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Friday, June 8, 2012

(23rd in a series of) Stepping Stones "Spotlight on Ian Stewart: Big Brother"

Song: Silver Train
Album: Goats Head Soup
Released: August, 1973

Spotlight on: Ian Stewart

One thing I’ll really never know is what it’s like to be a younger sibling.  No complaints, just reality:  Hey, someone has to be born first.  Back in my adolescent days, this ignorance was compounded by the fact that I was surrounded mostly by friends and family who, in one way or another, looked up to older siblings.  And some of them looked way up.  Dad grew up with 4 sisters, sharing the youngest role with one of them (his twin, Aunt Ann).  Four of my closest friends were also the youngest (Phil, Pete, Bruce, Dave). Mom was 10 of 12.  All my brothers and sisters were, well… younger than me.  Most everyone else was tucked somewhere in the middle (John, Mac, Cousin Jack).  Even the ladies in my life at the time were lower in their family’s age pecking order. The only friend I shared oldest affiliation with was Jeff D (looking back, there were definitely similarities in how we approached this role).

In most all these cases the older siblings had a strong effect on these people in my life.  Bruce, in his younger days, most definitely aspired to be like his oldest brother Alex, and was very much influenced by his older sisters as well.  Pete had tremendous respect for big brother Paul.  Jack felt the same toward his brother, my older Cousin, Bill.  Mom was influenced by all her older siblings in one way or another.  I loved witnessing all this, and I often shared the admiration that these friends and family members had in their older siblings.  I suppose I was experiencing the concept vicariously.

Older siblings clearly have a different effect on us than our parents.  The parental units can be the coolest folks on the planet, but when you come down to it, they are from a different generation.  The cultural disconnect is usually too vast to make the type of bond you can make with someone a few years older.  This is good for both sides of that coin.  What parent really wants to have their kids emulate their every interest?  That would be a bit freakish, yes?  You want them to find their own interests.  An older sibling however?  Now you’re talking.  At least that’s been my observation.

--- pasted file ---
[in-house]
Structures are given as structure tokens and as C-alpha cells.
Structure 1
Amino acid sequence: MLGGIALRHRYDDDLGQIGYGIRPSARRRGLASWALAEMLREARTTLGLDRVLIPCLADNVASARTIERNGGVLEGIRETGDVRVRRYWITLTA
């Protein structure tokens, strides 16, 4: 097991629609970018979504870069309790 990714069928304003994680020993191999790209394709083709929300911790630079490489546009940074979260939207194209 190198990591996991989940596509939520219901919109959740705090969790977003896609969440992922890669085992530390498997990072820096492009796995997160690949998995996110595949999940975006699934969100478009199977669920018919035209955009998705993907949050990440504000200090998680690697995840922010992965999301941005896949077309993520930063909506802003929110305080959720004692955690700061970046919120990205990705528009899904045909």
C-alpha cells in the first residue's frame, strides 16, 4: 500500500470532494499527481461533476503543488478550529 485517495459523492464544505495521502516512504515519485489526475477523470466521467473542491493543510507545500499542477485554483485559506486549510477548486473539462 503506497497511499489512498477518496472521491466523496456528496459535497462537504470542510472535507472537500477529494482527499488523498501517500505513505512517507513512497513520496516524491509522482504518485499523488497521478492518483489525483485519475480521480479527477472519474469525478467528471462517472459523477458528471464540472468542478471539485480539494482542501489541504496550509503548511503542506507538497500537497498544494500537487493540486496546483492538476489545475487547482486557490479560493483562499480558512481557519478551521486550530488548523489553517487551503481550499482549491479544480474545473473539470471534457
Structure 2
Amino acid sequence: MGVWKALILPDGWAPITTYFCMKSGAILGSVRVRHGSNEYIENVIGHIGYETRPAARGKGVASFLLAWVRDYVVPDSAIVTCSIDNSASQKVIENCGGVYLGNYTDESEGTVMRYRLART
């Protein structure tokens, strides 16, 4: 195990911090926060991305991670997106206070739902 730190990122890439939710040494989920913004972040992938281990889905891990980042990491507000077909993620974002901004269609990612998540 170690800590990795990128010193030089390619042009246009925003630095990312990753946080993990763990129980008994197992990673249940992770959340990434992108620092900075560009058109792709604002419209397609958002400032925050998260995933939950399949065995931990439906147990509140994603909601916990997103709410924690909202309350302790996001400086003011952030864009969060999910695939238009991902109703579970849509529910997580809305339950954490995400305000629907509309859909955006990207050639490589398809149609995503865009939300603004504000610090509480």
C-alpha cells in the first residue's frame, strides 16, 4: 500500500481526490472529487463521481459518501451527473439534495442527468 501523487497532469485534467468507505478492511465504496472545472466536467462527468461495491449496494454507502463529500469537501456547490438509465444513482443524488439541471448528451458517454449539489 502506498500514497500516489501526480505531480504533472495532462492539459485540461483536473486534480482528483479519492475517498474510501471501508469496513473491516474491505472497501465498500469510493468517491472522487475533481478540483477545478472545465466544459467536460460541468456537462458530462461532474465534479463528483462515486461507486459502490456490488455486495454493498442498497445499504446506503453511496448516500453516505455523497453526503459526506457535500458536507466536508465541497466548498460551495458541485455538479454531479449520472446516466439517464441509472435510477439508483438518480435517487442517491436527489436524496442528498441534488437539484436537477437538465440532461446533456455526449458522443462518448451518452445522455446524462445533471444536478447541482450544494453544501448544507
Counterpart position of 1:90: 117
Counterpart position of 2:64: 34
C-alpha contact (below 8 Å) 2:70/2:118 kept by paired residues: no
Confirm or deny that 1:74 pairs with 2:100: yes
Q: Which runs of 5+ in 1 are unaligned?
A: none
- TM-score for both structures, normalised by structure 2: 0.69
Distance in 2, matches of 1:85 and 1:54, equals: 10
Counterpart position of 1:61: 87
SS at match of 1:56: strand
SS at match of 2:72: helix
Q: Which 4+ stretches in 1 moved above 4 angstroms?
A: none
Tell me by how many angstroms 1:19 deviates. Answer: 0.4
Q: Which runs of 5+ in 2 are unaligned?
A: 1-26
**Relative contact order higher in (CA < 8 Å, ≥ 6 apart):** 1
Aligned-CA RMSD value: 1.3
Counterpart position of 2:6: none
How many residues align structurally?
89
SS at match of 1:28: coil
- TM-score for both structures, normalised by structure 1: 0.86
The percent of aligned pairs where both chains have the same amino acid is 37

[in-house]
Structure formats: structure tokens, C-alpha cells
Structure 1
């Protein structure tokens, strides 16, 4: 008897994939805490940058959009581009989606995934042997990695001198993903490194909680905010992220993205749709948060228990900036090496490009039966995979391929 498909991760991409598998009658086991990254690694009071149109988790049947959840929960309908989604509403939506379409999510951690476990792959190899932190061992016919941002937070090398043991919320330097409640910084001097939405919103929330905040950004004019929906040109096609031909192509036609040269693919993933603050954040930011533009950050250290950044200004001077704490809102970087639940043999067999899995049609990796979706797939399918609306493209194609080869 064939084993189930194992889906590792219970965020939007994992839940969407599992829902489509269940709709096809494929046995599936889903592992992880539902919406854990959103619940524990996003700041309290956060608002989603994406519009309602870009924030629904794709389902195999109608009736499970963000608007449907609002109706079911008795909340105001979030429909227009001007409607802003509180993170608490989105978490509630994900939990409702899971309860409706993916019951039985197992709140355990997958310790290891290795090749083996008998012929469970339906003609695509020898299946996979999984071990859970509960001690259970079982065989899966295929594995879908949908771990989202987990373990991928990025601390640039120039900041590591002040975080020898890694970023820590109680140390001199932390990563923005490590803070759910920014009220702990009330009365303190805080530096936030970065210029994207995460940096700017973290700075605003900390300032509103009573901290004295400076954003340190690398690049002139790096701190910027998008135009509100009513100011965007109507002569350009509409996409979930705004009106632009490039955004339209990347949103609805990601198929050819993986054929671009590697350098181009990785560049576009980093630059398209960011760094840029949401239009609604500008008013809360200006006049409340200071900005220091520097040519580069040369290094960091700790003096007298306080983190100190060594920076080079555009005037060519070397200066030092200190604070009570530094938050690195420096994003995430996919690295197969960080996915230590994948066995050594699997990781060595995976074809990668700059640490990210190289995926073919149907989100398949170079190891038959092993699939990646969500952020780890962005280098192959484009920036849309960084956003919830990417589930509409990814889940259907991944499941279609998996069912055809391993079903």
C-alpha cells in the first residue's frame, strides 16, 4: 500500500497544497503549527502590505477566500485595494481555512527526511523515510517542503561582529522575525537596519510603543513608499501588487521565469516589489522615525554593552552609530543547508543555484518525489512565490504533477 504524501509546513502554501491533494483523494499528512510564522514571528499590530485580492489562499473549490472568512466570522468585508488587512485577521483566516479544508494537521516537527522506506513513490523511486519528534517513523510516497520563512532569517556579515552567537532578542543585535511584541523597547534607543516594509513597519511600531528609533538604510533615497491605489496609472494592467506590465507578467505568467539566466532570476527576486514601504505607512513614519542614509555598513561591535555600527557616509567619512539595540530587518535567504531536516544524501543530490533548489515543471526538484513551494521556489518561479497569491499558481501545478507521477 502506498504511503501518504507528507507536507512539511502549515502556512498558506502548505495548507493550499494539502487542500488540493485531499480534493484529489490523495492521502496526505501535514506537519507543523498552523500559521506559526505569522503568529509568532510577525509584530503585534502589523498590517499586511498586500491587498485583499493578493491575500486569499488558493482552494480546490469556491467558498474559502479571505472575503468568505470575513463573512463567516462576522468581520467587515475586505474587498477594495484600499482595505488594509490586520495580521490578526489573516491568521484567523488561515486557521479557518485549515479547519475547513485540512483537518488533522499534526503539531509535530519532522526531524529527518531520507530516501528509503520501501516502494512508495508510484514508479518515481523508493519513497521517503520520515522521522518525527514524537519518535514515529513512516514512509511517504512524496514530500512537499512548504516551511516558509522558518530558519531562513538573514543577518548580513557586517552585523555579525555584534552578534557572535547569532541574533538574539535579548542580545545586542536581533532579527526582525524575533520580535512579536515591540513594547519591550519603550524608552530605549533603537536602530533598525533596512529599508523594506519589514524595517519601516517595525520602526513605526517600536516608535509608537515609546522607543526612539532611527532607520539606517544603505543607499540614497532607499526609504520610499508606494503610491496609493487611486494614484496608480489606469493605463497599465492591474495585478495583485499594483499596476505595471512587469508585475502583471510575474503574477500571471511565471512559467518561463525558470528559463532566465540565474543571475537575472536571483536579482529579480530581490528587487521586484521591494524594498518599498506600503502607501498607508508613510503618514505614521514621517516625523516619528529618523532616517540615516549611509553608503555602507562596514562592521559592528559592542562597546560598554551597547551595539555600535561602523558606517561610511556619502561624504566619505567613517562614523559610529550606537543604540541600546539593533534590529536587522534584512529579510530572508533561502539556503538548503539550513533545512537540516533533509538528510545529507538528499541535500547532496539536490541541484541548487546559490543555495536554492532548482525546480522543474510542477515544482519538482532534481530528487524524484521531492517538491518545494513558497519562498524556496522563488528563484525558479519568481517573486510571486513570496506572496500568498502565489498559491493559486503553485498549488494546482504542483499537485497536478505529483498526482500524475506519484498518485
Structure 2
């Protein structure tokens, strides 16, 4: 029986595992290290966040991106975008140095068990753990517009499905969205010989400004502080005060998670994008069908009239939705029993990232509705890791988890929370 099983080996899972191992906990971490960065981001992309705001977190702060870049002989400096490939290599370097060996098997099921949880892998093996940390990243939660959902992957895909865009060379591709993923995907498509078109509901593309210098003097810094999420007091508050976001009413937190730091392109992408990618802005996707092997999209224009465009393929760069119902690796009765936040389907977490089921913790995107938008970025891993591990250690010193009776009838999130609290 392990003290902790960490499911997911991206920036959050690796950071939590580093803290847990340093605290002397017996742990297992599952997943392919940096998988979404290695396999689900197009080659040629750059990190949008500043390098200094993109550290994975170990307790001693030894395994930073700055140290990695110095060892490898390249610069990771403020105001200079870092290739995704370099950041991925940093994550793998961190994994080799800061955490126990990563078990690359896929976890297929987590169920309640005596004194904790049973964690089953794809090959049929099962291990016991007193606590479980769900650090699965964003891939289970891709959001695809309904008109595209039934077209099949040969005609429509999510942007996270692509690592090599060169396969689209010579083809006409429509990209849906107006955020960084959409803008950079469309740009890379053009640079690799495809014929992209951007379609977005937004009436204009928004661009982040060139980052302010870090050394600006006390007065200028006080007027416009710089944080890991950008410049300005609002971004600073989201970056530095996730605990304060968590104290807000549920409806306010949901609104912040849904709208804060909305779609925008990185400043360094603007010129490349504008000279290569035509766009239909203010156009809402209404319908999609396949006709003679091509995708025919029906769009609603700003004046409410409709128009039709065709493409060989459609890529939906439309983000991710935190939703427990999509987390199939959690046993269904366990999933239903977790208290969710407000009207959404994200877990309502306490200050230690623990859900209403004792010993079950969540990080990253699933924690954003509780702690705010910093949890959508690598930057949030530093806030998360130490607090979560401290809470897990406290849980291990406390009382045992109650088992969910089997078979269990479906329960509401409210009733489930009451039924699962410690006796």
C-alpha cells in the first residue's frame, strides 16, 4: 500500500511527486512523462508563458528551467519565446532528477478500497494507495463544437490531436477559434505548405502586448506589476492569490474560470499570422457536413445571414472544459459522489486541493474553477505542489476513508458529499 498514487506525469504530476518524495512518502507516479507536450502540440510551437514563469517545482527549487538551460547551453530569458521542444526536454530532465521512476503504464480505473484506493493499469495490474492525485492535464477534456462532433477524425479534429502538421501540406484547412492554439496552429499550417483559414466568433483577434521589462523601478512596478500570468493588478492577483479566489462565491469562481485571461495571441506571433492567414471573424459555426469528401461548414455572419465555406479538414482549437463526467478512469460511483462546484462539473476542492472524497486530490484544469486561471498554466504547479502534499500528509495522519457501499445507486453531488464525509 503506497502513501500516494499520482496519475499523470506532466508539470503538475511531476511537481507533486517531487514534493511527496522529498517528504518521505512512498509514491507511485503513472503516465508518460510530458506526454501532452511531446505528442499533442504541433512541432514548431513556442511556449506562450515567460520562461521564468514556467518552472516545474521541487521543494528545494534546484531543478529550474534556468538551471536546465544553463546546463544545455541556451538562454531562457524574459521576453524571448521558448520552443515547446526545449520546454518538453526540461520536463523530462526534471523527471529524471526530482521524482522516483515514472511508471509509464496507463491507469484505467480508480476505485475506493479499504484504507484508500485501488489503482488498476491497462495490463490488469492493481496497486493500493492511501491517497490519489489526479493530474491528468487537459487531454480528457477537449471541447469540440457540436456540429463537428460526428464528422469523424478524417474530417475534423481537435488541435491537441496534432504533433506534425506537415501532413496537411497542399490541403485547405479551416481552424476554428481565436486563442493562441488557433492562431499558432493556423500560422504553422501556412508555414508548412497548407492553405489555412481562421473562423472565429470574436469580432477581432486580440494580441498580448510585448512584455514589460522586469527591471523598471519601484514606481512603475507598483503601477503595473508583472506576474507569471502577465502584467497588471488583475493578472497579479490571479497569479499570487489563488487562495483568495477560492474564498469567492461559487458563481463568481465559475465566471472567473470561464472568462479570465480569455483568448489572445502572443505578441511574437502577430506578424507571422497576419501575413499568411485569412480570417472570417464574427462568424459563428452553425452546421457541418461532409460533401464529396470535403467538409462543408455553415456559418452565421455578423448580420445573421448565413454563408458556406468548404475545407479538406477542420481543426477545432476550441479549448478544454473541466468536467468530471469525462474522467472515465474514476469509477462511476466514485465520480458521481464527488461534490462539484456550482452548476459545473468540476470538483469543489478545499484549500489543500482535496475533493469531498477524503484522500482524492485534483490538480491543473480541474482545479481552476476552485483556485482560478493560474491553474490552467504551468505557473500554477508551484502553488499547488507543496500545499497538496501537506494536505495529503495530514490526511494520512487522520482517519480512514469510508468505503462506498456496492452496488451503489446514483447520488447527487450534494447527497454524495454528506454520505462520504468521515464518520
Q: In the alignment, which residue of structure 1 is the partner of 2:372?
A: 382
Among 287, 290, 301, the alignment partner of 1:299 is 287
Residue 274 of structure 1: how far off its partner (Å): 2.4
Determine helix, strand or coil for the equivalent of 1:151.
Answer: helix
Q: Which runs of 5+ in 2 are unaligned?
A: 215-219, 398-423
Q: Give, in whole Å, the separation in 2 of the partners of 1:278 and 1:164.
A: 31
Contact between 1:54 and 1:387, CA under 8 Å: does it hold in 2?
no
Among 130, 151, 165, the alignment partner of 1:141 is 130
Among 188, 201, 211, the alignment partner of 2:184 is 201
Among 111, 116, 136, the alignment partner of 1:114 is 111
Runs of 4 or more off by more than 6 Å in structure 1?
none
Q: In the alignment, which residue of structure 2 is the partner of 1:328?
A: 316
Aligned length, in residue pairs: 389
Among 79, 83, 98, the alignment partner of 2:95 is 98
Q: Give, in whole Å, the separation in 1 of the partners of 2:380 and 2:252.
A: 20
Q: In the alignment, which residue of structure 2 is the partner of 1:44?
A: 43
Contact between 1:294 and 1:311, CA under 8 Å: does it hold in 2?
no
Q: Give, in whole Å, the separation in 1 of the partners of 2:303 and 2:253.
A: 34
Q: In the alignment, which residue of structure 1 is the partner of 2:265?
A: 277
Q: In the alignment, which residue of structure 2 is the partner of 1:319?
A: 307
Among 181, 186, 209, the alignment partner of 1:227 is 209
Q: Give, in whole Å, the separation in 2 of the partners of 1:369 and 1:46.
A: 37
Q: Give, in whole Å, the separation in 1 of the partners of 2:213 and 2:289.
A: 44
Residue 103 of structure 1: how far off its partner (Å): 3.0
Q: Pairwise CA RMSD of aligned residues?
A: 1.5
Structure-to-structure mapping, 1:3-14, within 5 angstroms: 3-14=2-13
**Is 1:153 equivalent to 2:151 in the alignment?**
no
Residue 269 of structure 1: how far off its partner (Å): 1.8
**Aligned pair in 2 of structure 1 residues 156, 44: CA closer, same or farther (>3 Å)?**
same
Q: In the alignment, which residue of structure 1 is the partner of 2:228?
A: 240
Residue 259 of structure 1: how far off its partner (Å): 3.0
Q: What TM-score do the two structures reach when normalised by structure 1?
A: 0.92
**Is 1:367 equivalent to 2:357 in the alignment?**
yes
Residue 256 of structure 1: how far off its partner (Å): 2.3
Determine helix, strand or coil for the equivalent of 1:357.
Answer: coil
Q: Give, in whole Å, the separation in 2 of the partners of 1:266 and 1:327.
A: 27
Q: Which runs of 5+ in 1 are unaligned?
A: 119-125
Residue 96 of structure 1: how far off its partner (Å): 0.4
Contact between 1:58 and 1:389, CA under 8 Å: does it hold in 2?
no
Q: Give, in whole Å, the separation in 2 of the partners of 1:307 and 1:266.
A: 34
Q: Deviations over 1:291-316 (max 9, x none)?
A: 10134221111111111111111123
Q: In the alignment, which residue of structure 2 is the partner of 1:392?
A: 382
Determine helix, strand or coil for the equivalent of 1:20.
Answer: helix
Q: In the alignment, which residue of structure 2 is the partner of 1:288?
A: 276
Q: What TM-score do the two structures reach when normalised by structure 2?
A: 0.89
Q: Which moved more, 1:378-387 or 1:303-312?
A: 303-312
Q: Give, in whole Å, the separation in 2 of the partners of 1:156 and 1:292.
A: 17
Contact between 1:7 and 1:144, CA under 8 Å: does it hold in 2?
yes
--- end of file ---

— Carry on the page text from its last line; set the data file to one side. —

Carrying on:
Although I did not have the younger sibling experience, I did eventually get to experience something very similar, playing the ‘apprentice’ role in all sorts of situations later in life.  Most of these were work related, but there were a few other situations as well.  One memory that comes to mind is Bob and I hooking up for a few days with an experienced world traveler while touring through Spain.  There was also the time Bruce and I headed into Boston as young teenagers on the train to see a Red Sox game with his older sister who we met up with at her apartment in the city and who appeared to know Beantown better than Samuel Adams.  There was cousin Andrea’s wedding when I was just 15.  There was John Miller in North Adams, who introduced me to hot peppers and gut wrenching belly laughs.  There was cousin Tom Gilligan and his knowledge of history.

The Rolling Stones had their apprenticeship too, and for many years subsequent they would be guided and conducted by their behind-the-scenes elder statesman, Ian Stewart.